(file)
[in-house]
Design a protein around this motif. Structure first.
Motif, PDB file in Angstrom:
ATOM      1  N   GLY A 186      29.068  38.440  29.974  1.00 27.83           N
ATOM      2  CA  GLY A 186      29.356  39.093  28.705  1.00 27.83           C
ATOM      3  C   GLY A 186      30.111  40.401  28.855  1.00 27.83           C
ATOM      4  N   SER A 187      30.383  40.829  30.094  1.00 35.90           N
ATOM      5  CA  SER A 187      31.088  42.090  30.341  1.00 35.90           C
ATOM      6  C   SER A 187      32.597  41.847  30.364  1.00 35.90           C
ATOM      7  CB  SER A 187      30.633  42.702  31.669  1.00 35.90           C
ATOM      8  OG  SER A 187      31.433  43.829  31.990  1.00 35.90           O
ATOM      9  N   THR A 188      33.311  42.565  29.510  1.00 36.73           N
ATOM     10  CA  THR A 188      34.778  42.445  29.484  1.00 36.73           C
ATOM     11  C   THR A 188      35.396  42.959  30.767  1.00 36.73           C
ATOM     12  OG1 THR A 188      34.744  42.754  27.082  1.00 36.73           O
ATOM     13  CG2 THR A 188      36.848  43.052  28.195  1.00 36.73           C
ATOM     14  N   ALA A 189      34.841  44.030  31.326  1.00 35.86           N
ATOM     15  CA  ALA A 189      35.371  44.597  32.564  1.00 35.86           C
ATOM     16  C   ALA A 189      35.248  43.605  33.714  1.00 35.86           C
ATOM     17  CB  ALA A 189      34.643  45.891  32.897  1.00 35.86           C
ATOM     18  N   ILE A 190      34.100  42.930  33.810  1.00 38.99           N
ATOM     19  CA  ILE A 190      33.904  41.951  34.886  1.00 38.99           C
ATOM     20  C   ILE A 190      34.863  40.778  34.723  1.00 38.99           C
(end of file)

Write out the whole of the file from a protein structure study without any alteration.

[in-house]
Design a protein around this motif. Structure first.
Motif, PDB file in Angstrom:
ATOM      1  N   GLY A 186      29.068  38.440  29.974  1.00 27.83           N
ATOM      2  CA  GLY A 186      29.356  39.093  28.705  1.00 27.83           C
ATOM      3  C   GLY A 186      30.111  40.401  28.855  1.00 27.83           C
ATOM      4  N   SER A 187      30.383  40.829  30.094  1.00 35.90           N
ATOM      5  CA  SER A 187      31.088  42.090  30.341  1.00 35.90           C
ATOM      6  C   SER A 187      32.597  41.847  30.364  1.00 35.90           C
ATOM      7  CB  SER A 187      30.633  42.702  31.669  1.00 35.90           C
ATOM      8  OG  SER A 187      31.433  43.829  31.990  1.00 35.90           O
ATOM      9  N   THR A 188      33.311  42.565  29.510  1.00 36.73           N
ATOM     10  CA  THR A 188      34.778  42.445  29.484  1.00 36.73           C
ATOM     11  C   THR A 188      35.396  42.959  30.767  1.00 36.73           C
ATOM     12  OG1 THR A 188      34.744  42.754  27.082  1.00 36.73           O
ATOM     13  CG2 THR A 188      36.848  43.052  28.195  1.00 36.73           C
ATOM     14  N   ALA A 189      34.841  44.030  31.326  1.00 35.86           N
ATOM     15  CA  ALA A 189      35.371  44.597  32.564  1.00 35.86           C
ATOM     16  C   ALA A 189      35.248  43.605  33.714  1.00 35.86           C
ATOM     17  CB  ALA A 189      34.643  45.891  32.897  1.00 35.86           C
ATOM     18  N   ILE A 190      34.100  42.930  33.810  1.00 38.99           N
ATOM     19  CA  ILE A 190      33.904  41.951  34.886  1.00 38.99           C
ATOM     20  C   ILE A 190      34.863  40.778  34.723  1.00 38.99           C